Protein structure is essential for understanding their function as well as for developing drugs targeting proteins. Recently, a deep learning method that can predict the structure of most proteins was made freely available and a database with predicted structure was released. However, proteins do not act alone – they act together with other proteins. Therefore, the next major challenge is to use these types of methods for predicting protein–protein interactions. Initial studies from us have shown that it is possible to predict accurate structures of a large part of dimeric proteins using either a modified version of AlphaFold2 or AlphaFold-multimer. However, there are still many proteins that cannot be built accurately, nor are we able to always distinguish interacting from non-interacting protein pairs and to build larger complexes accurately is still an unsolved problem. In this project, we are recruiting two postdocs to leverage recent advances in the field of machine learning to build better deep-learning models for predicting protein–protein interactions and to apply these methods to biologically relevant problems.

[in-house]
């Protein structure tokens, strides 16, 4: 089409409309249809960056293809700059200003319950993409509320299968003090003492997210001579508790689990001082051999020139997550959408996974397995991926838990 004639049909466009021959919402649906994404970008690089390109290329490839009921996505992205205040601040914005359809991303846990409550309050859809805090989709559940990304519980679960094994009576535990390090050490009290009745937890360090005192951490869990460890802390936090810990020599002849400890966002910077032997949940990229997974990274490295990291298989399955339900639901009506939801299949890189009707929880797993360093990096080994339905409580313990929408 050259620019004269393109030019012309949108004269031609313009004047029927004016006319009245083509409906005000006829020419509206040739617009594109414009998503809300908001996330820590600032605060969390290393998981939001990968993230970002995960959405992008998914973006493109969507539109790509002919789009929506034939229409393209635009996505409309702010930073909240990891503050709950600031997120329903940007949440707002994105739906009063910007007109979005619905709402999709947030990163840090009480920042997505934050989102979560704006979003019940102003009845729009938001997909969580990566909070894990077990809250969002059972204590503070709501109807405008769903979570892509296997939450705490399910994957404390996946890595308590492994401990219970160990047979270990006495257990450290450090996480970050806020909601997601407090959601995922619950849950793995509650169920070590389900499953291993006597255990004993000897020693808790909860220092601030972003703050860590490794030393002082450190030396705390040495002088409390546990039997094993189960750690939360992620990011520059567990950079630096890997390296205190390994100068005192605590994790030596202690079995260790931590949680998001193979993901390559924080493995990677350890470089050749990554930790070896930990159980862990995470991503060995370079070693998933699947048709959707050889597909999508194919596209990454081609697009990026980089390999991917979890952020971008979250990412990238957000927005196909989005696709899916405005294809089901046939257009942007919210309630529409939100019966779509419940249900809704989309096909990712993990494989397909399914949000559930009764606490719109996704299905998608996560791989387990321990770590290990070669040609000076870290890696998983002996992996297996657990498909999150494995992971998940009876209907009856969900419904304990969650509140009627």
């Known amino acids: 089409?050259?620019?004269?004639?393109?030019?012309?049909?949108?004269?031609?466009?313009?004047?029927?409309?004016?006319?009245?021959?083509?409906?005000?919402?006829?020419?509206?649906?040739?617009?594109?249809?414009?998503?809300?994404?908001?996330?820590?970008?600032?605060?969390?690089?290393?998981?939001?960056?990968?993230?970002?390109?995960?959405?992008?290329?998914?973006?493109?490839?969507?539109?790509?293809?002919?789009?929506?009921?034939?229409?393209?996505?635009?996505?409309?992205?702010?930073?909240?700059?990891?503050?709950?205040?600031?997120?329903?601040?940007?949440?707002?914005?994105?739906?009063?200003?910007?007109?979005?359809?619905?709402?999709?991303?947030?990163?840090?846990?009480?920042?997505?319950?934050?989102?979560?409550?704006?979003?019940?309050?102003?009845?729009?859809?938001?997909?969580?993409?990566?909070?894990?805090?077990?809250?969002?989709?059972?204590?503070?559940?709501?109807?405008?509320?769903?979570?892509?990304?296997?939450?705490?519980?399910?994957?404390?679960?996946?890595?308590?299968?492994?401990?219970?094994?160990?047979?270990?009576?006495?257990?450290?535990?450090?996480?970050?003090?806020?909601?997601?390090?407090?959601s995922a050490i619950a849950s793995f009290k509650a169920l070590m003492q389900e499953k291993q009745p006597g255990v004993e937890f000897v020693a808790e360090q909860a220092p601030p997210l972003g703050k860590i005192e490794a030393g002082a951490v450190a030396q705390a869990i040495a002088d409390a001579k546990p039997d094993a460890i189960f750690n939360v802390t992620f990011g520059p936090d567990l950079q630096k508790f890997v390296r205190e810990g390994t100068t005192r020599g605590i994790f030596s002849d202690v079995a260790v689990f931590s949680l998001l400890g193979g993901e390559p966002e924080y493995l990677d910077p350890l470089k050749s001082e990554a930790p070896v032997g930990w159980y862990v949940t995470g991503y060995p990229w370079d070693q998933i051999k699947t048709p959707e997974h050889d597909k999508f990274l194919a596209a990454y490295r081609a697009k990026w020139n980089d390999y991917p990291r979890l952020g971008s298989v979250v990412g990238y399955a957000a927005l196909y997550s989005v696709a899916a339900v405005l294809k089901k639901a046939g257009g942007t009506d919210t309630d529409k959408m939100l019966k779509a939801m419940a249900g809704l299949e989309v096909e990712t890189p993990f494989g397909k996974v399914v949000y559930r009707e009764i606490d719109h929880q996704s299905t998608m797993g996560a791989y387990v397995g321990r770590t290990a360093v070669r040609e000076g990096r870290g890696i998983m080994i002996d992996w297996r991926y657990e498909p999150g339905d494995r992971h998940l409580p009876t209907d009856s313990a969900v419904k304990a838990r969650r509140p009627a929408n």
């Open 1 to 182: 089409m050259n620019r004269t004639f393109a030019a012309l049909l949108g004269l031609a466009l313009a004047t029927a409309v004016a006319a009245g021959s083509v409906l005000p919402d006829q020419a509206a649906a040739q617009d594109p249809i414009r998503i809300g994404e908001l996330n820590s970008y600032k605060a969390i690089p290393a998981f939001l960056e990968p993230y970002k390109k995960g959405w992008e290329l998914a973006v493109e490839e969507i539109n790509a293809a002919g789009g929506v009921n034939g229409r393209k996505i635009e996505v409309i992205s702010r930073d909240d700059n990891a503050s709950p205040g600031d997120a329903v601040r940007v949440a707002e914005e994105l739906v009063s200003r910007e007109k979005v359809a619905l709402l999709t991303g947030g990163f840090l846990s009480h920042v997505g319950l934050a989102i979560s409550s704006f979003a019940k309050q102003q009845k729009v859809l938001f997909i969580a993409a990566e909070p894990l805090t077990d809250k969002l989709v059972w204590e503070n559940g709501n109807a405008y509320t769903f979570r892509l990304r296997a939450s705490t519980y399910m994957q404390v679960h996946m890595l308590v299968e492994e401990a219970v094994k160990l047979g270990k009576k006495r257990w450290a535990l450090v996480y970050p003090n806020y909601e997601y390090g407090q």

The Elofsson group is located at the Science for Life Laboratory. Elofsson has worked on protein structure predictions for more than two decades. He has worked on various techniques, both using machine learning and other computational techniques. His most important contributions for this work are the methods he has developed to identify the quality of protein models, Pcons and various versions of ProQ. The group consists currently of 5 PhD students and one senior researcher.
Azizpour’s group is part of the KTH division of Robotics, Perception and Learning. He has extensive experience in computer vision and deep learning. The main research directions pursued in Azizpour’s group have direct relevance to this project which includes robustness and estimation of uncertainty, transfer learning including knowledge distillation techniques, non-standard deep networks e.g., graph networks and transformers, and interpretable deep learning. Furthermore, the group has extensive experience in deploying large experiments in GPU clusters. It consists of 4 PhD students, 1 postdoc, and several master students/interns.
This position is part of a joint collaboration between the two largest research programs in Sweden, the Wallenberg AI, Autonomous Systems and Software Program (WASP) and the SciLifeLab and Wallenberg National Program for Data-Driven Life Science (DDLS), with the ultimate goal of solving ground-breaking research questions across disciplines.